Another dataset that the city of San Francisco makes publicly available is the Department of Building Inspection’s monthly permit report. This report contains all the building permit activity within the city, from permits to add new condos to inspections of sprinkler systems. We took one full year of data, from September 2008 to August 2009, and brought it into SpatialKey. During the selected year-long time period there were over 25,000 permits issued. We can see the breakdown by the type of building on the right. Residential housing takes the top three spots (divided into Apartments, and one and two family homes).
We mapped the concentration of where these permits were issued. The different types of buildings, such as apartments versus office buildings, have very different distributions throughout the city. Some of these distributions are expected, such as the high concentration of permits for offices in the downtown area of San Francsico. But some of the distributions are more interesting and tell a story about the urban makeup of the city. Notice that apartments are much more concentrated closer to downtown in neighborhoods like the Tenderloin, Nob Hill, and Hayes Valley, most heavily around the eastern and northern areas surrounding the financial district. Two-family homes (ie duplexes) have a different concentration that includes neighborhoods like Cow Hollow and the Mission. And one-family homes are in neighborhoods like Pacific Heights, Noe Valley, and Twin Peaks.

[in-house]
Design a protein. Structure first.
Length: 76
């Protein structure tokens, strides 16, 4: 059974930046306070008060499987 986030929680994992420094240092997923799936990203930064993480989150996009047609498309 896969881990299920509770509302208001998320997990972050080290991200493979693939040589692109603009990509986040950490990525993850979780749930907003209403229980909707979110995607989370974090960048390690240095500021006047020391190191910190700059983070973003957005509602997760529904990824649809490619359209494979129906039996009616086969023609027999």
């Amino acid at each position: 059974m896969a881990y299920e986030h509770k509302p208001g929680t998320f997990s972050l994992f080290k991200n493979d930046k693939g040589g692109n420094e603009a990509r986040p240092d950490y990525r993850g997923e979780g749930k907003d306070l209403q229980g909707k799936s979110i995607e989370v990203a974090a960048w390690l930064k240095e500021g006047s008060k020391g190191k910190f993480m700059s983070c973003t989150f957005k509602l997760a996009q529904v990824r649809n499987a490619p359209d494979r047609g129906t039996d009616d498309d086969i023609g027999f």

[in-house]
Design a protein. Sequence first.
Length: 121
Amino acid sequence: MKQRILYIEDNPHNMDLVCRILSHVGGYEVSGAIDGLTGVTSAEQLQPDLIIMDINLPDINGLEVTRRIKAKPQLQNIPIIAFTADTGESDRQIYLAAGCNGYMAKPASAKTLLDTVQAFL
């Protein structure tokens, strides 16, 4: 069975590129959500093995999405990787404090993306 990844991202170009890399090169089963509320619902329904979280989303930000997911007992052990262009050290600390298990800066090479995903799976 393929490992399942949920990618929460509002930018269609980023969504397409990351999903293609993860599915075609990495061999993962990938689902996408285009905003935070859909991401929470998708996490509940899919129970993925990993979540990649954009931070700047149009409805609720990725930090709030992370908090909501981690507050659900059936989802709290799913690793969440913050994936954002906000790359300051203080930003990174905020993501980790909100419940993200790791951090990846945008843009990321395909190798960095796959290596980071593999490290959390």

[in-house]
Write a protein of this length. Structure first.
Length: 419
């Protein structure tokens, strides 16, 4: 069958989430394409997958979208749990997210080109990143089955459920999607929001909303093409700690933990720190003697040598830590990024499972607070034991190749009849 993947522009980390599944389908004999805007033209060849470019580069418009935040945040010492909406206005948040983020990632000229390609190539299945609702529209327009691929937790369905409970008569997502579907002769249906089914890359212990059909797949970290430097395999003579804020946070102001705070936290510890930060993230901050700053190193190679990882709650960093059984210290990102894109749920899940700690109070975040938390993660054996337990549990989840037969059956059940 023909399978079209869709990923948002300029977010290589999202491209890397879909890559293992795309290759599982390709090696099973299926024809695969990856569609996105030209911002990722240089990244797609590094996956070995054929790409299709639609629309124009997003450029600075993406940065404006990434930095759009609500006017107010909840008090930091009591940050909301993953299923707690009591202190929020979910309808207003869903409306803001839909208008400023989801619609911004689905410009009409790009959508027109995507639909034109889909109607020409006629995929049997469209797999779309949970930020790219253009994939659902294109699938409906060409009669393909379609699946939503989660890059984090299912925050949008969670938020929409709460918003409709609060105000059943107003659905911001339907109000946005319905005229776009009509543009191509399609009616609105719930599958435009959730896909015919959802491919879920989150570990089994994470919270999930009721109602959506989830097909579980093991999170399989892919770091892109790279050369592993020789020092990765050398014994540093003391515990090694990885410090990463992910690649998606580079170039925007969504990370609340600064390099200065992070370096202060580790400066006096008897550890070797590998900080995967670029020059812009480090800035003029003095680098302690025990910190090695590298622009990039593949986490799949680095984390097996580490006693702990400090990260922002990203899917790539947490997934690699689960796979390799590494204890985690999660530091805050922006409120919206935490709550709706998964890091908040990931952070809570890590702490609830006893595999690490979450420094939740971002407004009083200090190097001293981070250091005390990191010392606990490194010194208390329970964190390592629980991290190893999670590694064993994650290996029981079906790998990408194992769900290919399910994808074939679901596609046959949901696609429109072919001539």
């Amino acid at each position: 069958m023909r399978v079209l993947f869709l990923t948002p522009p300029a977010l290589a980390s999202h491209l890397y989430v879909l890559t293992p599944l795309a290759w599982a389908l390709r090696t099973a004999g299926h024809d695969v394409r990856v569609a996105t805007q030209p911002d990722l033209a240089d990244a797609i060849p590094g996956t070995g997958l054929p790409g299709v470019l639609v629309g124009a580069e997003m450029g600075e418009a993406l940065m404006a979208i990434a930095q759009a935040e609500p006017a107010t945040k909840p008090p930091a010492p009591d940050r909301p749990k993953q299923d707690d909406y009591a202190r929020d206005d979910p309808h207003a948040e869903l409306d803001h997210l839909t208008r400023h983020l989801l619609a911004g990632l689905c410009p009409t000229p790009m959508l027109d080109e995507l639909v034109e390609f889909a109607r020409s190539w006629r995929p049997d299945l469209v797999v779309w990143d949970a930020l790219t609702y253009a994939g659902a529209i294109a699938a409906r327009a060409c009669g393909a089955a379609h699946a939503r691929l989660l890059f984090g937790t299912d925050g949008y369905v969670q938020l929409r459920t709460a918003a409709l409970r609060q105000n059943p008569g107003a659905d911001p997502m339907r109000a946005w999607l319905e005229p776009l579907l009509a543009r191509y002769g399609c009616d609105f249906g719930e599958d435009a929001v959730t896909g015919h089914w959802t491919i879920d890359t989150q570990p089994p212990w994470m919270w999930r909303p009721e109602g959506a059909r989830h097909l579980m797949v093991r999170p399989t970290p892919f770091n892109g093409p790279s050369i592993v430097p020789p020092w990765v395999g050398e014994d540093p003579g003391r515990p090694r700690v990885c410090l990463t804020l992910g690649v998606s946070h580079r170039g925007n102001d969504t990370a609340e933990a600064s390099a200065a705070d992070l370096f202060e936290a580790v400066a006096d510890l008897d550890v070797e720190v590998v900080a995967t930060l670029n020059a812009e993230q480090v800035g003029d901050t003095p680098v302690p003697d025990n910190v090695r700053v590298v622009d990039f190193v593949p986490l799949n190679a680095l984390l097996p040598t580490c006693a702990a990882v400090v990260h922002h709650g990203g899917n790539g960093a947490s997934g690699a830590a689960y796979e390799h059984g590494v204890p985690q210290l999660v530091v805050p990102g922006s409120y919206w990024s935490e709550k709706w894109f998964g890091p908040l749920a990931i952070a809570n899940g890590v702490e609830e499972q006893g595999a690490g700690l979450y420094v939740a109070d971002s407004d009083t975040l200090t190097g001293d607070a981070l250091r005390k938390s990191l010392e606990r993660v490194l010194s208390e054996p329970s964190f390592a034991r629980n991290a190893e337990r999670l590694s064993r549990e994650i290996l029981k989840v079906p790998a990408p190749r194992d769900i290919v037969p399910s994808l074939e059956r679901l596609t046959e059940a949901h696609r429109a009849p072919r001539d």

The maps here show the number of building permits by the type of building.
Here are some alternate screenshots that are at a more granular resolution, so you can see a bit more detail on the different areas of the city. Click each thumbnail for a much larger version:
Notes on the data
It’s always important to remember what data we’re looking at. This is the number of building permits issued between September 2008 and August 2009. A single building might have multiple permits issued, which could be everything from renovations or re-roofing to a change from residential to commercial, etc.
The images and reports in this post were created with publicly accessible data. We have no association with the city of San Francisco (but we’d love to, so contact us if you’re from the San Francisco government and want to use SpatialKey).